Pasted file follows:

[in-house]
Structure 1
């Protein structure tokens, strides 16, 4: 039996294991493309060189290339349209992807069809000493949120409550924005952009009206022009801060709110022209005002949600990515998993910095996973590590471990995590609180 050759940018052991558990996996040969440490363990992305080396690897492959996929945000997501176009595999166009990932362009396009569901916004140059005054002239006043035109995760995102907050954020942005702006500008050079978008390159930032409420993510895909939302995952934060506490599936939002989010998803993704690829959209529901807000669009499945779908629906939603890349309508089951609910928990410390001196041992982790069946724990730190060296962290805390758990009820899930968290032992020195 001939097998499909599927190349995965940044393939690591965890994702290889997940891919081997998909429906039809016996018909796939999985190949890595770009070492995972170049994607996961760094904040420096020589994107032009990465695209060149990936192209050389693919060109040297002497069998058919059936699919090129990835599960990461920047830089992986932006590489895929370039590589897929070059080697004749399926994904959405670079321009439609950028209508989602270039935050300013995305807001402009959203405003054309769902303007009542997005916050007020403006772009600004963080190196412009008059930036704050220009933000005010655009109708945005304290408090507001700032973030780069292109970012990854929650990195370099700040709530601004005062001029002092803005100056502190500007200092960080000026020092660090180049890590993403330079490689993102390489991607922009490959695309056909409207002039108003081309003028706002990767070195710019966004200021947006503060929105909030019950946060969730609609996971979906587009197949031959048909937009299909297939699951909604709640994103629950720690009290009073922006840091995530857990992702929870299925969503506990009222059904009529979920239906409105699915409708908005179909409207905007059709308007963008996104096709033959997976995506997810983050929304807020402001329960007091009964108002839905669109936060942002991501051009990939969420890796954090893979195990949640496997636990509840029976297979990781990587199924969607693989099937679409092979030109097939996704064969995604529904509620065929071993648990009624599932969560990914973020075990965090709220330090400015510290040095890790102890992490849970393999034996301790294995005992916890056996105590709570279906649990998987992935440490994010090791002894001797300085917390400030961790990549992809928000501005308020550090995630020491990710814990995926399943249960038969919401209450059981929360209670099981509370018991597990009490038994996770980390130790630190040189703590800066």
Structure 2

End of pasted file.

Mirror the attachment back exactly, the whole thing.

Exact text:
[in-house]
Structure 1
């Protein structure tokens, strides 16, 4: 039996294991493309060189290339349209992807069809000493949120409550924005952009009206022009801060709110022209005002949600990515998993910095996973590590471990995590609180 050759940018052991558990996996040969440490363990992305080396690897492959996929945000997501176009595999166009990932362009396009569901916004140059005054002239006043035109995760995102907050954020942005702006500008050079978008390159930032409420993510895909939302995952934060506490599936939002989010998803993704690829959209529901807000669009499945779908629906939603890349309508089951609910928990410390001196041992982790069946724990730190060296962290805390758990009820899930968290032992020195 001939097998499909599927190349995965940044393939690591965890994702290889997940891919081997998909429906039809016996018909796939999985190949890595770009070492995972170049994607996961760094904040420096020589994107032009990465695209060149990936192209050389693919060109040297002497069998058919059936699919090129990835599960990461920047830089992986932006590489895929370039590589897929070059080697004749399926994904959405670079321009439609950028209508989602270039935050300013995305807001402009959203405003054309769902303007009542997005916050007020403006772009600004963080190196412009008059930036704050220009933000005010655009109708945005304290408090507001700032973030780069292109970012990854929650990195370099700040709530601004005062001029002092803005100056502190500007200092960080000026020092660090180049890590993403330079490689993102390489991607922009490959695309056909409207002039108003081309003028706002990767070195710019966004200021947006503060929105909030019950946060969730609609996971979906587009197949031959048909937009299909297939699951909604709640994103629950720690009290009073922006840091995530857990992702929870299925969503506990009222059904009529979920239906409105699915409708908005179909409207905007059709308007963008996104096709033959997976995506997810983050929304807020402001329960007091009964108002839905669109936060942002991501051009990939969420890796954090893979195990949640496997636990509840029976297979990781990587199924969607693989099937679409092979030109097939996704064969995604529904509620065929071993648990009624599932969560990914973020075990965090709220330090400015510290040095890790102890992490849970393999034996301790294995005992916890056996105590709570279906649990998987992935440490994010090791002894001797300085917390400030961790990549992809928000501005308020550090995630020491990710814990995926399943249960038969919401209450059981929360209670099981509370018991597990009490038994996770980390130790630190040189703590800066």
Structure 2